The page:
There’s been some interesting discussion recently about the merits (or not !) of analogue summing – for example over at the Recording Revolution site. Make sure you read all the comments !
For once I’m not going to tell you what my own opinion is, though – just make some observations from where I sit.
First, some facts:
- I’ve mastered thousands of albums, over the years, and I’ve talked to hundreds of engineers – maybe tens of hundreds
- A few times a year, I work on great mixes. Often I work on very good mixes. Most often though, I work on mixes that are OK, but have some room for improvement
- A lot of stuff these days is mixed “in the box”, a few use analogue consoles, and some use analogue summing
Now, a few observations:
- Those different standards of mix – great, good and OK – are equally spread across analogue and digital summing setups, as far as I can tell
- None of the people who use analogue ever ask me “do you think I should go digital ?” (*)
- Whereas people who work in the box sometimes ask me about analogue summing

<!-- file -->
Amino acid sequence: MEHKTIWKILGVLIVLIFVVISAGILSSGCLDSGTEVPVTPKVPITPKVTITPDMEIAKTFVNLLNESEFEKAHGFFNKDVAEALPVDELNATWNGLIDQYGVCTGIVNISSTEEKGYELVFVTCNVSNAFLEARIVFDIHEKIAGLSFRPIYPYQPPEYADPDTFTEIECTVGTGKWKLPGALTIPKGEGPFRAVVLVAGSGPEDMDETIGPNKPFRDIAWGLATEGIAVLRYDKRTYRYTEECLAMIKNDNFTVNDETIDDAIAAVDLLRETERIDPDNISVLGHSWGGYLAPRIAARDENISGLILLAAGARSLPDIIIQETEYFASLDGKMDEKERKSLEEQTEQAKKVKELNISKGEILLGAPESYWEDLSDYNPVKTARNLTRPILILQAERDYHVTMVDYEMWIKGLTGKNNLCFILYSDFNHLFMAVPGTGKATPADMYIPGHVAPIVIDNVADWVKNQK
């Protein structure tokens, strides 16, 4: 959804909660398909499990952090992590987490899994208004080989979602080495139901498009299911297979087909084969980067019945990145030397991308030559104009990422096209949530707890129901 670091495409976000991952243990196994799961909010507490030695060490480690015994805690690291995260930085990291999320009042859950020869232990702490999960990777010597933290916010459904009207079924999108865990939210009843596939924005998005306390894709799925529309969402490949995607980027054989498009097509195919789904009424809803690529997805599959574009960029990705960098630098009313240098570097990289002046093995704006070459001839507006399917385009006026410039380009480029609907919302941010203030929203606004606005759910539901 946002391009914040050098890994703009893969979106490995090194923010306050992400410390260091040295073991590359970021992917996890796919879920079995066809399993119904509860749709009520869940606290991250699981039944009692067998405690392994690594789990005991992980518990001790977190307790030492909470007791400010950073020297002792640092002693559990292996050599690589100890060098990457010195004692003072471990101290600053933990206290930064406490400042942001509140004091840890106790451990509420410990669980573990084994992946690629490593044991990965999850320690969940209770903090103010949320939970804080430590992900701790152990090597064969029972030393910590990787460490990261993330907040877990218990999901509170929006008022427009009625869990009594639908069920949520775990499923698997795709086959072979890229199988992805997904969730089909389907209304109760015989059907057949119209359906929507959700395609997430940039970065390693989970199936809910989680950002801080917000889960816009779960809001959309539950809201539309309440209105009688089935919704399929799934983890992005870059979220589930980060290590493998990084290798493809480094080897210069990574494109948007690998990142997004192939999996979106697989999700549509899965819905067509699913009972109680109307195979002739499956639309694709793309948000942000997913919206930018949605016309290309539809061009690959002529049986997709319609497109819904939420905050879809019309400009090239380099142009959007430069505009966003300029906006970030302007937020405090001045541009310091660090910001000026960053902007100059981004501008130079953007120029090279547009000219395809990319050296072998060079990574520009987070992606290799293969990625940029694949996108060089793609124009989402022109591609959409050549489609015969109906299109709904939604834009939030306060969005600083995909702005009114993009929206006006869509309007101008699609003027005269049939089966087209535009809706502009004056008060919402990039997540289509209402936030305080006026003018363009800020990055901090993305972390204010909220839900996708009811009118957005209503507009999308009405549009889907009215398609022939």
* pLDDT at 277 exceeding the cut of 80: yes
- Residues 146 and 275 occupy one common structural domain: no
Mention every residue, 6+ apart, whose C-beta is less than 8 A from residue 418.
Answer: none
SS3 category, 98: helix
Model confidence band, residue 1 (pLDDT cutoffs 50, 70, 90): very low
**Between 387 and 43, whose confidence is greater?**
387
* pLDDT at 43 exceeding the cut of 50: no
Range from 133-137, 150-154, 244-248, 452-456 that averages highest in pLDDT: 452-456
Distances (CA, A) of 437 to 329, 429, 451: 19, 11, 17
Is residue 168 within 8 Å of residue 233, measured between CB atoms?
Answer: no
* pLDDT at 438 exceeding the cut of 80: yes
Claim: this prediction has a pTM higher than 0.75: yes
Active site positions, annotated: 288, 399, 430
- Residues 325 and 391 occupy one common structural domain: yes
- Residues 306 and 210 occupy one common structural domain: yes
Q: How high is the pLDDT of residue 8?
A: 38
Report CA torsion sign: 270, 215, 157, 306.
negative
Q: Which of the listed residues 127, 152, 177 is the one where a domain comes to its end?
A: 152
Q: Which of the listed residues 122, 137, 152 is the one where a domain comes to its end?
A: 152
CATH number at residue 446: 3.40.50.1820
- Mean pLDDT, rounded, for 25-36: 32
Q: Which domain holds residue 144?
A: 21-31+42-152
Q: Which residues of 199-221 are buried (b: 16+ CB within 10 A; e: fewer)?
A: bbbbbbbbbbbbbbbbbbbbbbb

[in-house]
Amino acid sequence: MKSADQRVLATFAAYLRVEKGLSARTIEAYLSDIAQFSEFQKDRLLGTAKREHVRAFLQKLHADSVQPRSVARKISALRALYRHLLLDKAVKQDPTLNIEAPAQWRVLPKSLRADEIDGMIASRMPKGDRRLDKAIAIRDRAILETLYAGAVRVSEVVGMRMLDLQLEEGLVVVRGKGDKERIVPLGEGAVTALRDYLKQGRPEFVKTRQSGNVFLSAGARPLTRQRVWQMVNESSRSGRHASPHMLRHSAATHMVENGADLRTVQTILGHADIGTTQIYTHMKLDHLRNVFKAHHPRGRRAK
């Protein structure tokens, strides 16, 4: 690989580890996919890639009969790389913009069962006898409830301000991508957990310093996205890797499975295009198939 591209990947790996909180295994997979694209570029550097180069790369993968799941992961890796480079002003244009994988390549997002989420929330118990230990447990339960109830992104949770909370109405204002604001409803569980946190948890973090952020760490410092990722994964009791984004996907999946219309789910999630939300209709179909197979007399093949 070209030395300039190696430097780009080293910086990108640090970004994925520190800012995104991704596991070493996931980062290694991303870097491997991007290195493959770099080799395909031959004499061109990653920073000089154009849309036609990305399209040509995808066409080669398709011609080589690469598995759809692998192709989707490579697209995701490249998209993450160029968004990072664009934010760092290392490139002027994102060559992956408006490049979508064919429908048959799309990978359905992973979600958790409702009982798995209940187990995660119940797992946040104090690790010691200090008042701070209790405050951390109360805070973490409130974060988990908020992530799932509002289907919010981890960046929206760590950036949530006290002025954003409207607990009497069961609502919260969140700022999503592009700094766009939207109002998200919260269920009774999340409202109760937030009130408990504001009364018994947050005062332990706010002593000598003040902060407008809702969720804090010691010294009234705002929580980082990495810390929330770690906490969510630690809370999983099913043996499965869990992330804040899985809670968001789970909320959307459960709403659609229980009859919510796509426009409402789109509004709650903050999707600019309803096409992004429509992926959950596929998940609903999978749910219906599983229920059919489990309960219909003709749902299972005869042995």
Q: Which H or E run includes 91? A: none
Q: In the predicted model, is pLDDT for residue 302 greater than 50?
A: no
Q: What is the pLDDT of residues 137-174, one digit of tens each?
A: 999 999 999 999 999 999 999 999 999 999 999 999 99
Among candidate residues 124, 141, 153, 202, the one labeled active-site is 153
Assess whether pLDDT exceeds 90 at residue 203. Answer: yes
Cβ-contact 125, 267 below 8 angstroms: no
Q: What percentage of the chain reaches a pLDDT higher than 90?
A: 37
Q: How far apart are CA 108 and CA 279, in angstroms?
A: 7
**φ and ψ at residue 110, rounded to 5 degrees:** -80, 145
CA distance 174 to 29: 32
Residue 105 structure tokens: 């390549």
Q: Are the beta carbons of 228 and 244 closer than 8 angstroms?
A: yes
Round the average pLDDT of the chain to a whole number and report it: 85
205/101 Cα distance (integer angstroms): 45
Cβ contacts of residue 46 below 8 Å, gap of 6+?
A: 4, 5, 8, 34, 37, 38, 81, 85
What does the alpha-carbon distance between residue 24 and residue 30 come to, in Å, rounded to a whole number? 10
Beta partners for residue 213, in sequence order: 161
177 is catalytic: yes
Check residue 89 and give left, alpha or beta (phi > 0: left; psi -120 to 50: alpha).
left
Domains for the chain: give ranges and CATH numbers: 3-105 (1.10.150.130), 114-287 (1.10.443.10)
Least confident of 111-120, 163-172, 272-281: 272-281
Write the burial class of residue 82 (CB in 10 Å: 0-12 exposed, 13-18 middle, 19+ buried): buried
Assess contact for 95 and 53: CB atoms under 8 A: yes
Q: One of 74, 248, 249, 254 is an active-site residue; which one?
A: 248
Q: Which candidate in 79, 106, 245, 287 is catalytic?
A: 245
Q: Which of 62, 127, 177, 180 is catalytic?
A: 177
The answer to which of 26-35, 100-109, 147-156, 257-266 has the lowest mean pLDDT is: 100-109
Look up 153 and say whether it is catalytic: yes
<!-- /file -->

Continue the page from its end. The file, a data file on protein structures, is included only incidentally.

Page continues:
(*) Although many of them say “I can work in the box if necessary, I just prefer not to”
I’ve never had someone ask “should I try analogue summing ?” and thought to myself that changing to analogue summing was the most important thing they could do to improve their sound. Not even close.
People who ask that question would always get more benefit from better players, better instruments, better arrangements, better mics, a better room or better monitoring – in my opinion.
The people making great mixes never even ask this question – whether they sum in analogue or digital.
Feel free to draw your own conclusions : )